- Created on Thursday, 29 March 2012 16:29
- Written by John Hollister, League of Power
- Hits: 758
So you know you want to start an online business. But you're not sure where to start. In fact, you have no idea how to start.
First off, congratulations!
Starting an online business is the best way to be an entrepreneur in this day and age. And when you sell information instead of physical products (more on that in a moment), there are even more advantages:
- It's cheap -- you can start almost for free.
- Thanks to the availability of easy-to-use software and online tools, you don't have to be a tech geek to make it work. In fact, if you can surf the Web and send email, you pretty much have the skills you need to start an online business.
- The profit margins are huge.
- You can base your business on one of your passions in life -- so any "work" you have to do seems more like a hobby.
- You'll live life on your own terms and not have to answer to anybody.
- You get none of the hassle of a brick-and-mortar business like employees, utility bills, rent, the need to warehouse stock...
- Plus you won't need to risk your current job or income to start your online business. You simply work in your off hours until you're making enough money that you can tell your boss, "See ya later!"
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So how do you start?
To start an online business all you need is your ideas.
You have some ideas, right? Maybe that "dream" business or product idea that's been in your head for years -- but you've just never found the time to develop. If so, great -- today, we'll make sure your idea will work as an online business and make money.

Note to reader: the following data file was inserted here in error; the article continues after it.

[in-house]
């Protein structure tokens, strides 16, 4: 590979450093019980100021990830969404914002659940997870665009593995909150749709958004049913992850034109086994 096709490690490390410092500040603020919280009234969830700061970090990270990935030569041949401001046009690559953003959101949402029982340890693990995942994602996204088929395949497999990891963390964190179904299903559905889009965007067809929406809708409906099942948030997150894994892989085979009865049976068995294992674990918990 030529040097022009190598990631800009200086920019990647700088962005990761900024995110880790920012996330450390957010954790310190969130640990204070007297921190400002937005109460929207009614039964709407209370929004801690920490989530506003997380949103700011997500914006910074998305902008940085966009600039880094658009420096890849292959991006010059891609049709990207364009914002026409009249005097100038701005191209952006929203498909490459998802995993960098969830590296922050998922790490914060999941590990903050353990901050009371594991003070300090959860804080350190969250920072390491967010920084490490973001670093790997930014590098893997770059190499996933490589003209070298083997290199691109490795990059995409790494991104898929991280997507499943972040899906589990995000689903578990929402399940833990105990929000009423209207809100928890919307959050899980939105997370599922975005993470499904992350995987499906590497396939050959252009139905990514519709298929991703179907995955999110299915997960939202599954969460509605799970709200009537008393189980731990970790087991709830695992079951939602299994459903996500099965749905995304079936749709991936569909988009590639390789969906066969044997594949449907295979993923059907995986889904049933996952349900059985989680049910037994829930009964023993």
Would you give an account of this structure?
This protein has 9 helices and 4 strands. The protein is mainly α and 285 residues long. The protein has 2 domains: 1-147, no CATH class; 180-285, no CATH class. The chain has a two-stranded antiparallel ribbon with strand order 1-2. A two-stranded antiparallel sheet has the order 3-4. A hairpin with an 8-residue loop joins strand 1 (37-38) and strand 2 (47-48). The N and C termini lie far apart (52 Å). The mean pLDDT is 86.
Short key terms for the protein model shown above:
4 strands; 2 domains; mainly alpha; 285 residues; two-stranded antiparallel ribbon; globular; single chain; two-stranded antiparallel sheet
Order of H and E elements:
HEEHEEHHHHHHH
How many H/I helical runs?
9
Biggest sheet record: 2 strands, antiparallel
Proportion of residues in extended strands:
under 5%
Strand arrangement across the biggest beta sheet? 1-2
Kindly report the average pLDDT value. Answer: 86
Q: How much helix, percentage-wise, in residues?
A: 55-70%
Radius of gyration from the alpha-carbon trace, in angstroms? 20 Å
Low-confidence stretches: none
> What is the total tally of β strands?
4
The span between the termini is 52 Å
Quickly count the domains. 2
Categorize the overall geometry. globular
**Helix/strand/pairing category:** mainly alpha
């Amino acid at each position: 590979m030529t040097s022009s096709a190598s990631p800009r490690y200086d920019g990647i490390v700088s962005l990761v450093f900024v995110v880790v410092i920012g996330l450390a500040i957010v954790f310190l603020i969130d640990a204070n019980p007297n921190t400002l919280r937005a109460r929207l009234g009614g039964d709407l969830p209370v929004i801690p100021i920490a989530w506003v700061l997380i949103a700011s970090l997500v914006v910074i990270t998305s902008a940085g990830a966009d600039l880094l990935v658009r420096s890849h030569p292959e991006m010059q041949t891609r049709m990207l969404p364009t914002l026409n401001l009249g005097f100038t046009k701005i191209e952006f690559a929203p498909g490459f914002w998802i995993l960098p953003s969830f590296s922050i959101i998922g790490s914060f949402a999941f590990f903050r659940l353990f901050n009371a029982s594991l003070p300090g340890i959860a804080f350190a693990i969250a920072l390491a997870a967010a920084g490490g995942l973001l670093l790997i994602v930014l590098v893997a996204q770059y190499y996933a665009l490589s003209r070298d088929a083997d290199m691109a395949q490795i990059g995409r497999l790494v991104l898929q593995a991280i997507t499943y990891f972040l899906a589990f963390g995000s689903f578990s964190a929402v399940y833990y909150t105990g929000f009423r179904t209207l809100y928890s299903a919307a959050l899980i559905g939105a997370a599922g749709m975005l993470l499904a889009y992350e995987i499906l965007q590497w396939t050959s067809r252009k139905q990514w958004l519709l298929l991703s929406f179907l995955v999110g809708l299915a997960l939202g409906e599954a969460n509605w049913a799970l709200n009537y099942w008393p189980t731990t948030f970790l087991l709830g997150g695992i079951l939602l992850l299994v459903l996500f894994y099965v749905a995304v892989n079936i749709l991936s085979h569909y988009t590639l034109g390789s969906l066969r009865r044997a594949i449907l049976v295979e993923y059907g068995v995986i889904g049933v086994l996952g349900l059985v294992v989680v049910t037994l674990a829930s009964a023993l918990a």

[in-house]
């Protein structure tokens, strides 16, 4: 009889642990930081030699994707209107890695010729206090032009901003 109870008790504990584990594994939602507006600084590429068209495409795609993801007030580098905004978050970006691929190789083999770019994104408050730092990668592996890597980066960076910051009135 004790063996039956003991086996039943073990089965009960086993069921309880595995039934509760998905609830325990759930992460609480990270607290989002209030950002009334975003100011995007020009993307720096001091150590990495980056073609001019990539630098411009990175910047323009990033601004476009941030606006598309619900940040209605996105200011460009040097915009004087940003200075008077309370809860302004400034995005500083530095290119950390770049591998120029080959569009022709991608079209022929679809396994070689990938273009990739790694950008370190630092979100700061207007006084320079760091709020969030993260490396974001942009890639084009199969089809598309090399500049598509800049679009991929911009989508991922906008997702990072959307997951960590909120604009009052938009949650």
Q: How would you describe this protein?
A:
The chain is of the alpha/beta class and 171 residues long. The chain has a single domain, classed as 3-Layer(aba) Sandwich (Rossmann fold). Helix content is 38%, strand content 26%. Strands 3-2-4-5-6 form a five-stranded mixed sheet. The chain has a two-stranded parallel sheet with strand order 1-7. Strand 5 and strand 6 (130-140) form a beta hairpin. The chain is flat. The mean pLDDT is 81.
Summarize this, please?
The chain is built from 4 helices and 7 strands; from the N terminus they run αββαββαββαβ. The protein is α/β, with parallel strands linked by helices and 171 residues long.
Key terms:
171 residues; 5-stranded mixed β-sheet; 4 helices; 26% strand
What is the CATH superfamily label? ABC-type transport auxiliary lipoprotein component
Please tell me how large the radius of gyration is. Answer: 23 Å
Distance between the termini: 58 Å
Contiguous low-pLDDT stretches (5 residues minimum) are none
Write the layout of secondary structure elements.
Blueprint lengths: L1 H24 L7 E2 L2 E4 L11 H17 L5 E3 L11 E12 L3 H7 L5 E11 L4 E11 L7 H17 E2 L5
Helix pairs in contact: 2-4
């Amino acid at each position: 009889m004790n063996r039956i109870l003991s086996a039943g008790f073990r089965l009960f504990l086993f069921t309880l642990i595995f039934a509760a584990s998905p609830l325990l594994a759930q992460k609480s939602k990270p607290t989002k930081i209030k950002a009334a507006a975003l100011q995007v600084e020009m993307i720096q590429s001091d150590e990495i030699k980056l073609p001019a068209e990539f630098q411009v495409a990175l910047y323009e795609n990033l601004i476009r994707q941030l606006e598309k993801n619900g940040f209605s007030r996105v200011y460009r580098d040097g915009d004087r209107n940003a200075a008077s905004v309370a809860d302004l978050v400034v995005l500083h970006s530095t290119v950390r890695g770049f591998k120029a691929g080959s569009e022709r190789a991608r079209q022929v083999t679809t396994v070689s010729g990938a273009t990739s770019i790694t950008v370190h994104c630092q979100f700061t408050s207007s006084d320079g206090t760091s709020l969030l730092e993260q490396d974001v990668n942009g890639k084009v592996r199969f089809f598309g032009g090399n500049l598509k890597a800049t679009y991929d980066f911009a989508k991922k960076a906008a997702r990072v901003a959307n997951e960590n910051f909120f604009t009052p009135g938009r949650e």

If not, no worries! I'm going to show you how to come up with ideas -- profitable ideas -- upon which to base your online business.
In other words, today you're going to pick your niche. It's the first step to developing an online business that can provide you with a steady passive income of six to seven figures.
There is some "hard" work at the beginning when you're setting up. But soon, you'll put a few hours a week to keep things moving... but mostly your business will run itself. That'll leave you with plenty of time to indulge in travel, your favorite pastimes or spend time with your family.
Another reason you're in luck is that online businesses are still thriving, even in today's economy.
E-commerce -- another word for Internet business -- is a $223 billion industry in the United States alone. It's projected to grow to nearly $350 billion by 2014.
And this growth is being driven by individual entrepreneurs starting small online businesses that provide them with a great living. These are everyday people without much knowledge or previous experience in marketing, business, technology or the Internet. They just had the desire to make their lives better.
Many of these new small Internet businesses are in the information side of things. By that I mean they sell digital products, like e-books, audio and video downloads, CDs, DVDs, or even access to membership websites. What's on these products is simply information, or advice, on niche topics.
It could be a how-to guide for dog training. Advice for vacation planning to Disney World. An e-book on stock trading for beginners. Really, the sky is the limit as far as what your information-based online business can be about.
These types of products are cheap and easy to create -- you can even do it yourself. But if you're going to make money you have to pick a profitable niche -- a topic that people will pay for advice and information about.
Let's find out how to do that now.
Take Action Now -- Picking Your Niche in 3 Easy Steps
Now we're going to go through the process of coming up with ideas for your business, something you're passionate about or have an interest in -- but can still make money. This will make your business seem less like work and more like a hobby.